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Phanerozoic eon
542 - 0 million years ago
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Scale:
Millions of years

The Phanerozoic (Brit. Phanærozoic) eon is the current eon in the geologic timescale, and the one during which abundant animal life has existed. It covers roughly 545 million years and goes back to the time when diverse hard-shelled animals first appeared. Its name is derived from the Greek words φαίνω and ζωή, meaning make life appear, since it was once believed that life began in the Cambrian, the first period of this eon. The time before the Phanerozoic, formerly called the Precambrian, is now divided into the Hadean, Archaean and Proterozoic eons.

During the Phanerozoic the biodiversity shows a steady but not monotonic increase from near zero to several thousands of genera.

The exact time of the boundary between the Phanerozoic and the Proterozoic is slightly uncertain. In the 19th Century, the boundary was set at the first abundant metazoan fossils. But several hundred taxa of Proterozoic metazoa have been identified since systematic study of those forms started in the 1950s. Most geologists and paleontologists would probably set the Proterozoic-Phanerozoic boundary either at the classic point where the first trilobites and archaeocyatha appear; at the first appearance of a complex feeding burrow called Trichophycus pedum; or at the first appearance of a group of small, generally disarticulated, armored forms termed 'the small shelly fauna'. The three different dividing points are within a few million years of each other.

The Phanerozoic is divided into three eras: the Paleozoic, Mesozoic, and Cenozoic. In the older literature, the term Phanerozoic is generally used as a label for the time period of interest to paleontologists, but that use of the term seems to be falling into disuse in more modern literature.

The time span of the Phanerozoic includes the rapid emergence of a number of animal phyla; the evolution of these phyla into diverse forms; the emergence of terrestrial plants; the development of complex plants; the evolution of fish; the emergence of terrestrial animals; and the development of modern faunas. During the period covered, continents drifted about, eventually collecting into a single landmass known as Pangea and then splitting up into the current continental landmasses.

See also

References

  • Markov, Alexander V.; Korotayev, Andrey V. (2007). "Phanerozoic marine biodiversity follows a hyperbolic trend". Palaeoworld 16 (4): 311–318. doi:10.1016/j.palwor.2007.01.002.  
  • Miller, K. G.; et al. (2005). "The Phanerozoic record of global sea-level change". Science 310 (5752): 1293–1298. doi:10.1126/science.1116412. PMID 16311326.  
Preceded by Proterozoic eon 542 Ma - Phanerozoic eon - Present
542 Ma - Paleozoic era - 251 Ma 251 Ma - Mesozoic era - 65 Ma 65 Ma - Cenozoic era - Present
Cambrian Ordovician Silurian Devonian Carboniferous Permian Triassic Jurassic Cretaceous Paleogene Neogene Quaternary
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Wiktionary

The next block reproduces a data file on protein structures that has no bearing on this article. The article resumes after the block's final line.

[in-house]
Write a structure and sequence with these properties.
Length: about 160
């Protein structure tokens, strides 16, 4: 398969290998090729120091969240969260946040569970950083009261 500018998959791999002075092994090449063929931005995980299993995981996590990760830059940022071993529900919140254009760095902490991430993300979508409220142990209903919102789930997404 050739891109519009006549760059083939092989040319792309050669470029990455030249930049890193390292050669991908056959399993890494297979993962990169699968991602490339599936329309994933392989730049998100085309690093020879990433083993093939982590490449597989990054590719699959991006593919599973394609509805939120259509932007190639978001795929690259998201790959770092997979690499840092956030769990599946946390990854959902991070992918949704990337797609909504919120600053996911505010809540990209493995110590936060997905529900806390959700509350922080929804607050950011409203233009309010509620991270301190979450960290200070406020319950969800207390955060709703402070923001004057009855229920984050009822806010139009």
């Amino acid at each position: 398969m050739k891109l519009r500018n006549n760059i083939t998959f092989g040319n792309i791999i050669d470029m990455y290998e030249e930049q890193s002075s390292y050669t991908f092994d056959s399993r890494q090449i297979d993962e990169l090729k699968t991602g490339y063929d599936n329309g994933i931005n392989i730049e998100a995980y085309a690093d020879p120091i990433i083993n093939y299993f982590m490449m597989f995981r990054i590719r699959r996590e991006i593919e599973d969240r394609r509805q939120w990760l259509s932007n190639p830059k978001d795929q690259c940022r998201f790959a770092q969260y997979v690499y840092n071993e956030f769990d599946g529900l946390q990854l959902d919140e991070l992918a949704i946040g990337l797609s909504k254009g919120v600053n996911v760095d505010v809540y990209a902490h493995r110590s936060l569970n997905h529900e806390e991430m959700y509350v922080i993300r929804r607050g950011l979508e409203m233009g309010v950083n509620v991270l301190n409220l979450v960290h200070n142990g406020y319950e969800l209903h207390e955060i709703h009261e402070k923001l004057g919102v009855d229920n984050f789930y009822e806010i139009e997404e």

Up to date as of January 15, 2010

Definition from Wiktionary, a free dictionary

Contents

English

Pronunciation

Adjective

Phanerozoic (comparative more Phanerozoic, superlative most Phanerozoic)

Positive
Phanerozoic

Comparative
more Phanerozoic

Superlative
most Phanerozoic

  1. (geology) Of, or relating to the geologic eon from about 570 million years ago to the present; comprises the Paleozoic, Mesozoic and Cenozoic eras.

Proper noun

Singular
Phanerozoic

Plural
-

Phanerozoic

  1. (geology) The Phanerozoic eon.

See also


Simple English

File:Phanerozoic
During the Phanerozoic the biodiversity shows a general increase from near zero to several thousands of genera.

The Phanerozoic (British: Phanærozoic) eon is the current eon in the geologic timescale. and the one during which abundant animal life has existed. It covers roughly 545 million years and goes back to the time when diverse hard-shelled animals first appeared. Its name is derived from the Greek words φαίνω and ζωή, meaning make life appear, since it was once believed that life began in the Cambrian, the first geological period of this eon. The time before the Phanerozoic, formerly called the Precambrian, is now divided into the Hadean, Archaean and Proterozoic eons.

Details

The exact time of the boundary between the Phanerozoic and the Proterozoic is slightly uncertain. In the 19th Century, the boundary was set at the first abundant metazoan fossils. But several hundred taxa of Proterozo metazoa have been identified since systematic study of those forms started in the 1950s. Most geologists and paleontologists would probably set the Proterozoic-Phanerozoic boundary either at the classic point where the first trilobites and archaeocyatha appear; at the first appearance of a complex feeding burrow called Trichophycus pedum; or at the first appearance of a group of small, generally disarticulated, armored forms termed the small shelly fauna. The three different dividing points are within a few million years of each other.

The Phanerozoic is divided into three eras: the Palaeozoic, Mesozoic, and Cainozoic. In the older literature, the term Phanerozoic is generally used as a label for the time period of interest to paleontologists, but that use of the term seems to be falling into disuse in more modern literature.

The time span of the Phanerozoic includes the rapid emergence of a number of animal phyla; the evolution of these phyla into diverse forms; the emergence of terrestrial plants; the development of complex plants; the evolution of fish; the emergence of terrestrial animals; and the development of modern faunas. During the period covered, continents drifted about, eventually collecting into a single landmass known as Pangea and then splitting up into the current continental landmasses.


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